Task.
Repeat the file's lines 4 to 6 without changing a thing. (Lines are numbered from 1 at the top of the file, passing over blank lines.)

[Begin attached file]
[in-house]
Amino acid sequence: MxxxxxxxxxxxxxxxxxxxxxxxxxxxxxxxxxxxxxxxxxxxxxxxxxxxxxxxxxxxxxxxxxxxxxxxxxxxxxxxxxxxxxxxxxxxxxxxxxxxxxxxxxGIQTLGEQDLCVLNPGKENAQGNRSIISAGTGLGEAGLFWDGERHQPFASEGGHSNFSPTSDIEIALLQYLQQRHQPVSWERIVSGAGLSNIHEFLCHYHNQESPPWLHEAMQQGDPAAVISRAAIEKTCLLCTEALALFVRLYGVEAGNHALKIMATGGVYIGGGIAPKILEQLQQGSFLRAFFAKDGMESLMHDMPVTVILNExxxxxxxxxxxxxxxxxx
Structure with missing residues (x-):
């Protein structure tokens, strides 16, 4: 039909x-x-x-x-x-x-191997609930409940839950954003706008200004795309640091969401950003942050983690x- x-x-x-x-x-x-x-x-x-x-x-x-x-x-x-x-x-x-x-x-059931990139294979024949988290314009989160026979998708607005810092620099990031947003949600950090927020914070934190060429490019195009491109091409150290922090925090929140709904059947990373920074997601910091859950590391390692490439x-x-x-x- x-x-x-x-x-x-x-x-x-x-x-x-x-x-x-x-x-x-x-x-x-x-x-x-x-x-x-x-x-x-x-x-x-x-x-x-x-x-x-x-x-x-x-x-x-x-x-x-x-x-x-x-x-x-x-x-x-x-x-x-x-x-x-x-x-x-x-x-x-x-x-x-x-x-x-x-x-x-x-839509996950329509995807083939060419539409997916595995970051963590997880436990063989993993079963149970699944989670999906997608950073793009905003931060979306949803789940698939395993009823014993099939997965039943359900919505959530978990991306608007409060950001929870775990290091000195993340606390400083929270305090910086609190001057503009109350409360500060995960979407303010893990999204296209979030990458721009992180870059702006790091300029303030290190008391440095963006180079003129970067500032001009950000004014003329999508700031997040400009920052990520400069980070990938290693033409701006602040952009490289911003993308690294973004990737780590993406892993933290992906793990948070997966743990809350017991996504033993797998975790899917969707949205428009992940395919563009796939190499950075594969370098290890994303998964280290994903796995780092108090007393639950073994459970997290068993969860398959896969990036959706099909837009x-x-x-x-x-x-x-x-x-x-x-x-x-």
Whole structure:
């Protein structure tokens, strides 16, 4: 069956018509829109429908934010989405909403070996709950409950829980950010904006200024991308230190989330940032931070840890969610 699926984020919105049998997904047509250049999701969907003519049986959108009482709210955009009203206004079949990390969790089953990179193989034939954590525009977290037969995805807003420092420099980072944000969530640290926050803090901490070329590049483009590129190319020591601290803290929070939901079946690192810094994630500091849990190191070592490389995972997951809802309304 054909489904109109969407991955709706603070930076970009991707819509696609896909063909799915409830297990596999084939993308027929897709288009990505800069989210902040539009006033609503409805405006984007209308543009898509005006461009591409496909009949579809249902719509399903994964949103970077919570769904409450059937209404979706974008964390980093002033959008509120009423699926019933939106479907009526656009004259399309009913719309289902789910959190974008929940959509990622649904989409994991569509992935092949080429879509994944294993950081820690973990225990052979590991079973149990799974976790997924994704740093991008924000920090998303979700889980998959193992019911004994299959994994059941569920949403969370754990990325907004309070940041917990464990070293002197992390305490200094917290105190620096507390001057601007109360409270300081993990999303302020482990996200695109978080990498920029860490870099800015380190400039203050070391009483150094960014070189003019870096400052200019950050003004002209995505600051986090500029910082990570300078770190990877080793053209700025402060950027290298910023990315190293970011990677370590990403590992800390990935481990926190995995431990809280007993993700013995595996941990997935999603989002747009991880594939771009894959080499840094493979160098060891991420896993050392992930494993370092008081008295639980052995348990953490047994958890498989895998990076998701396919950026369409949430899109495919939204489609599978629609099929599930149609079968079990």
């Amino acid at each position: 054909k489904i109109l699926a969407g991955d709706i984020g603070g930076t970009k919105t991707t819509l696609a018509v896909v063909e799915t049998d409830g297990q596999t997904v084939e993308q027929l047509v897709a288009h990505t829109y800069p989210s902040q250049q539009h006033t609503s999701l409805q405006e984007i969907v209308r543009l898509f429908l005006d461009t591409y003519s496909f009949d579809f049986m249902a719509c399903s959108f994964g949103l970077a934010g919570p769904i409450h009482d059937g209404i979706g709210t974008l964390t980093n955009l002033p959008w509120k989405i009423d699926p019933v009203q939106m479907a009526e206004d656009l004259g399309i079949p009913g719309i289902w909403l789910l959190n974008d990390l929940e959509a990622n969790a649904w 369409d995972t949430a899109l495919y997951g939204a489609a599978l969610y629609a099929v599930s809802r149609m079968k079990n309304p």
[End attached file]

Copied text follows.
């Protein structure tokens, strides 16, 4: 039909x-x-x-x-x-x-191997609930409940839950954003706008200004795309640091969401950003942050983690x- x-x-x-x-x-x-x-x-x-x-x-x-x-x-x-x-x-x-x-x-059931990139294979024949988290314009989160026979998708607005810092620099990031947003949600950090927020914070934190060429490019195009491109091409150290922090925090929140709904059947990373920074997601910091859950590391390692490439x-x-x-x- x-x-x-x-x-x-x-x-x-x-x-x-x-x-x-x-x-x-x-x-x-x-x-x-x-x-x-x-x-x-x-x-x-x-x-x-x-x-x-x-x-x-x-x-x-x-x-x-x-x-x-x-x-x-x-x-x-x-x-x-x-x-x-x-x-x-x-x-x-x-x-x-x-x-x-x-x-x-x-839509996950329509995807083939060419539409997916595995970051963590997880436990063989993993079963149970699944989670999906997608950073793009905003931060979306949803789940698939395993009823014993099939997965039943359900919505959530978990991306608007409060950001929870775990290091000195993340606390400083929270305090910086609190001057503009109350409360500060995960979407303010893990999204296209979030990458721009992180870059702006790091300029303030290190008391440095963006180079003129970067500032001009950000004014003329999508700031997040400009920052990520400069980070990938290693033409701006602040952009490289911003993308690294973004990737780590993406892993933290992906793990948070997966743990809350017991996504033993797998975790899917969707949205428009992940395919563009796939190499950075594969370098290890994303998964280290994903796995780092108090007393639950073994459970997290068993969860398959896969990036959706099909837009x-x-x-x-x-x-x-x-x-x-x-x-x-």
Whole structure:
């Protein structure tokens, strides 16, 4: 069956018509829109429908934010989405909403070996709950409950829980950010904006200024991308230190989330940032931070840890969610 699926984020919105049998997904047509250049999701969907003519049986959108009482709210955009009203206004079949990390969790089953990179193989034939954590525009977290037969995805807003420092420099980072944000969530640290926050803090901490070329590049483009590129190319020591601290803290929070939901079946690192810094994630500091849990190191070592490389995972997951809802309304 054909489904109109969407991955709706603070930076970009991707819509696609896909063909799915409830297990596999084939993308027929897709288009990505800069989210902040539009006033609503409805405006984007209308543009898509005006461009591409496909009949579809249902719509399903994964949103970077919570769904409450059937209404979706974008964390980093002033959008509120009423699926019933939106479907009526656009004259399309009913719309289902789910959190974008929940959509990622649904989409994991569509992935092949080429879509994944294993950081820690973990225990052979590991079973149990799974976790997924994704740093991008924000920090998303979700889980998959193992019911004994299959994994059941569920949403969370754990990325907004309070940041917990464990070293002197992390305490200094917290105190620096507390001057601007109360409270300081993990999303302020482990996200695109978080990498920029860490870099800015380190400039203050070391009483150094960014070189003019870096400052200019950050003004002209995505600051986090500029910082990570300078770190990877080793053209700025402060950027290298910023990315190293970011990677370590990403590992800390990935481990926190995995431990809280007993993700013995595996941990997935999603989002747009991880594939771009894959080499840094493979160098060891991420896993050392992930494993370092008081008295639980052995348990953490047994958890498989895998990076998701396919950026369409949430899109495919939204489609599978629609099929599930149609079968079990």